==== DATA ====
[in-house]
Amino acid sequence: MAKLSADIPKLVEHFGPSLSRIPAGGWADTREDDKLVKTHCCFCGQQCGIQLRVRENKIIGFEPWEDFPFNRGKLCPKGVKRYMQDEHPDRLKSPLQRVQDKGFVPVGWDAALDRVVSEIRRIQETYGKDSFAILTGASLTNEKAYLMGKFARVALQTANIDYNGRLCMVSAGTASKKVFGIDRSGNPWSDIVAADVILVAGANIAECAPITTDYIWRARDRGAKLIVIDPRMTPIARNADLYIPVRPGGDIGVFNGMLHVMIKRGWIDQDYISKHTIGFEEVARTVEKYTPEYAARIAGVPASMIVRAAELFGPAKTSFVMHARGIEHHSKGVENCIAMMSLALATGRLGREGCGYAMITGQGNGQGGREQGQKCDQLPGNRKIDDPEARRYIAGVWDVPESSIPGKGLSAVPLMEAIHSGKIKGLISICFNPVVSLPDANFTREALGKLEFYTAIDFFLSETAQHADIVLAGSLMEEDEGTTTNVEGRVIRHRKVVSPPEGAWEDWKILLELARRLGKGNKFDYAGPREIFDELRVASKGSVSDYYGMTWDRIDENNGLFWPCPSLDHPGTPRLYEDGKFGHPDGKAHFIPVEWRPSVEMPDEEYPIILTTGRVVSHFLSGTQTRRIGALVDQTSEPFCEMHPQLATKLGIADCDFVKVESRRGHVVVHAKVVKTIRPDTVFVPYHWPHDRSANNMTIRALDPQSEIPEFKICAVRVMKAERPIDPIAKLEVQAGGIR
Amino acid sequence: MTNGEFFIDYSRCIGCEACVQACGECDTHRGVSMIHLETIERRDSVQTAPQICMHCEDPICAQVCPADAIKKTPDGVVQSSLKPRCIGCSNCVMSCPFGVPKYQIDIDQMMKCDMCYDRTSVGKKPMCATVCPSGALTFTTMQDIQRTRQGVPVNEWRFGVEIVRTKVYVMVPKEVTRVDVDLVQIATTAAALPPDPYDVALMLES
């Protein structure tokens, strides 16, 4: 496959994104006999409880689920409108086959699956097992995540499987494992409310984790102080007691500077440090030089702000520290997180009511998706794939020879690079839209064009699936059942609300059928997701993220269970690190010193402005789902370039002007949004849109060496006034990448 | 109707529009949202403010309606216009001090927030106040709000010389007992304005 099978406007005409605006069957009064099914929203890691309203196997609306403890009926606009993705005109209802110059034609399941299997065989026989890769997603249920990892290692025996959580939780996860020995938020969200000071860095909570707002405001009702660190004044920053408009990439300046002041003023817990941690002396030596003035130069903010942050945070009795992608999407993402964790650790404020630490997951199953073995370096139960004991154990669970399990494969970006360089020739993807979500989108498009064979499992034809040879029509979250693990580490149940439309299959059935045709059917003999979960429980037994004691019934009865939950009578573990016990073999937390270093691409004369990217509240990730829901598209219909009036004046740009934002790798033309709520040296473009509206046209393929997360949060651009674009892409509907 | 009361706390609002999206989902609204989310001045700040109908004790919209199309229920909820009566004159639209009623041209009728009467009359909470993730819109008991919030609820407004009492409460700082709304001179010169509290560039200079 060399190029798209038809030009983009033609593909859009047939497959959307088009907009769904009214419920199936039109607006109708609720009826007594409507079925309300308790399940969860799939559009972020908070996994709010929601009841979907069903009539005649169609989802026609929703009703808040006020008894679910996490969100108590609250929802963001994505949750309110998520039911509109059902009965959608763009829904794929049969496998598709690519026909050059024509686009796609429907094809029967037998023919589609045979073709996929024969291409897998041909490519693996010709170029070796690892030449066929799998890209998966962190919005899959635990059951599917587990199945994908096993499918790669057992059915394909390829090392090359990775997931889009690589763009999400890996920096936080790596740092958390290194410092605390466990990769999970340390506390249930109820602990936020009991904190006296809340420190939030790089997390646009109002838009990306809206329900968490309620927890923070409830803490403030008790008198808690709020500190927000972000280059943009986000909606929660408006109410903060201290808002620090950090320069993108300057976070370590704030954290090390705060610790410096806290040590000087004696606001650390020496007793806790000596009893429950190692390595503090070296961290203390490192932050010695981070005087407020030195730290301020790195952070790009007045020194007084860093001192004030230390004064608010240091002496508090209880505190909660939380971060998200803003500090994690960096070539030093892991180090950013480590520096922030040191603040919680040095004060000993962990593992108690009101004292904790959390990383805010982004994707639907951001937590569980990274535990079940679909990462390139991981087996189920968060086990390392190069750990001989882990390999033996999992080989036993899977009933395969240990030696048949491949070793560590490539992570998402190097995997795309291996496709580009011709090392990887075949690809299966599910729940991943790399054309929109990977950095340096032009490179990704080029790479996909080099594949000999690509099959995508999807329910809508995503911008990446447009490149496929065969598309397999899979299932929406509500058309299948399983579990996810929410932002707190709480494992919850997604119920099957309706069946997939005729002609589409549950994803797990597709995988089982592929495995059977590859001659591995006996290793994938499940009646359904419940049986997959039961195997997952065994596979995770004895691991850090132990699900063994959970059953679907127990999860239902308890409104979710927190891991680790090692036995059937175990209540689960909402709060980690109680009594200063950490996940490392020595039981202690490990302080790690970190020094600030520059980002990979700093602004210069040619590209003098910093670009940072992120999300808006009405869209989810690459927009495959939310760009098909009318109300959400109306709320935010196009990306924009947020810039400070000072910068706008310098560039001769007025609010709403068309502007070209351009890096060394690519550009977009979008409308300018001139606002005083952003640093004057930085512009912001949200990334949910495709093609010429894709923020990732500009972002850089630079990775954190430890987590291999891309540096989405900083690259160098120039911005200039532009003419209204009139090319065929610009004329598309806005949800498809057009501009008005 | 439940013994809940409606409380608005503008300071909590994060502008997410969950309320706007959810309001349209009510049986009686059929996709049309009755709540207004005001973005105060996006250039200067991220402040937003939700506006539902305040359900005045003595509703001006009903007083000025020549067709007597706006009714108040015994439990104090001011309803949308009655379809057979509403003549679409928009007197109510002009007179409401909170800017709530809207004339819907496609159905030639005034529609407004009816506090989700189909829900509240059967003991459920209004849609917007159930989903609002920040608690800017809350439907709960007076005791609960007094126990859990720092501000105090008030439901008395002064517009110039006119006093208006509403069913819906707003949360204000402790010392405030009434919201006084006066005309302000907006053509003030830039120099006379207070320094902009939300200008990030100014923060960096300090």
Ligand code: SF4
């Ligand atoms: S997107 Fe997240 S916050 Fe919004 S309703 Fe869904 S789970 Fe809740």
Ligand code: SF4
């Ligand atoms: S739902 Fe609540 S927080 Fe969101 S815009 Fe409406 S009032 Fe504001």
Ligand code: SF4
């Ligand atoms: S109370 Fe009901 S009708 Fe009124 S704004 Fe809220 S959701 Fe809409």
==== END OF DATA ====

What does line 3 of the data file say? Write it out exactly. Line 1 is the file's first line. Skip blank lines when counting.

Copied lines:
Amino acid sequence: MTNGEFFIDYSRCIGCEACVQACGECDTHRGVSMIHLETIERRDSVQTAPQICMHCEDPICAQVCPADAIKKTPDGVVQSSLKPRCIGCSNCVMSCPFGVPKYQIDIDQMMKCDMCYDRTSVGKKPMCATVCPSGALTFTTMQDIQRTRQGVPVNEWRFGVEIVRTKVYVMVPKEVTRVDVDLVQIATTAAALPPDPYDVALMLES